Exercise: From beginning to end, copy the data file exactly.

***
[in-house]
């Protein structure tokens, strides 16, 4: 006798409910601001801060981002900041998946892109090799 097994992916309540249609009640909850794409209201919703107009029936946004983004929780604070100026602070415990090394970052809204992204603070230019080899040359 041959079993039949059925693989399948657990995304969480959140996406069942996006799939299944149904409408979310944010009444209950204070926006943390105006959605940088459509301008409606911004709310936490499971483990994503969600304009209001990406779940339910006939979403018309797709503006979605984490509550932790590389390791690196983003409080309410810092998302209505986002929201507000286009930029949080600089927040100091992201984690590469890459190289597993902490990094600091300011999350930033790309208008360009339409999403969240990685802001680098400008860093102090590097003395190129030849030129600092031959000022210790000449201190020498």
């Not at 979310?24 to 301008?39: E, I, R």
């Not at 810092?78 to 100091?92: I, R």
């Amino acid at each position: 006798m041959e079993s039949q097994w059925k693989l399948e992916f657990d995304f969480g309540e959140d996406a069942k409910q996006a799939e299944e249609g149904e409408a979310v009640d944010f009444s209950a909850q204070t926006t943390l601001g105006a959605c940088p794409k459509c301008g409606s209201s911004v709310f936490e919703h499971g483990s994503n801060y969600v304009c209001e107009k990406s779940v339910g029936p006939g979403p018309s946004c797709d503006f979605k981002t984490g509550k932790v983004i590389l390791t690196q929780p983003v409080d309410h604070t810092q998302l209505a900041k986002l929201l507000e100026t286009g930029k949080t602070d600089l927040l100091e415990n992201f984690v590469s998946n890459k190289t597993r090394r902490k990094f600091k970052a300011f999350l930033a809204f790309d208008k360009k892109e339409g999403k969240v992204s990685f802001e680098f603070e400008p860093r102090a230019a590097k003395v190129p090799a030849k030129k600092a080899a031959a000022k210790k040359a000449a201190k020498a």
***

[in-house]
């Protein structure tokens, strides 16, 4: 006798409910601001801060981002900041998946892109090799 097994992916309540249609009640909850794409209201919703107009029936946004983004929780604070100026602070415990090394970052809204992204603070230019080899040359 041959079993039949059925693989399948657990995304969480959140996406069942996006799939299944149904409408979310944010009444209950204070926006943390105006959605940088459509301008409606911004709310936490499971483990994503969600304009209001990406779940339910006939979403018309797709503006979605984490509550932790590389390791690196983003409080309410810092998302209505986002929201507000286009930029949080600089927040100091992201984690590469890459190289597993902490990094600091300011999350930033790309208008360009339409999403969240990685802001680098400008860093102090590097003395190129030849030129600092031959000022210790000449201190020498």
């Not at 979310?24 to 301008?39: E, I, R």
């Not at 810092?78 to 100091?92: I, R």
């Amino acid at each position: 006798m041959e079993s039949q097994w059925k693989l399948e992916f657990d995304f969480g309540e959140d996406a069942k409910q996006a799939e299944e249609g149904e409408a979310v009640d944010f009444s209950a909850q204070t926006t943390l601001g105006a959605c940088p794409k459509c301008g409606s209201s911004v709310f936490e919703h499971g483990s994503n801060y969600v304009c209001e107009k990406s779940v339910g029936p006939g979403p018309s946004c797709d503006f979605k981002t984490g509550k932790v983004i590389l390791t690196q929780p983003v409080d309410h604070t810092q998302l209505a900041k986002l929201l507000e100026t286009g930029k949080t602070d600089l927040l100091e415990n992201f984690v590469s998946n890459k190289t597993r090394r902490k990094f600091k970052a300011f999350l930033a809204f790309d208008k360009k892109e339409g999403k969240v992204s990685f802001e680098f603070e400008p860093r102090a230019a590097k003395v190129p090799a030849k030129k600092a080899a031959a000022k210790k040359a000449a201190k020498a």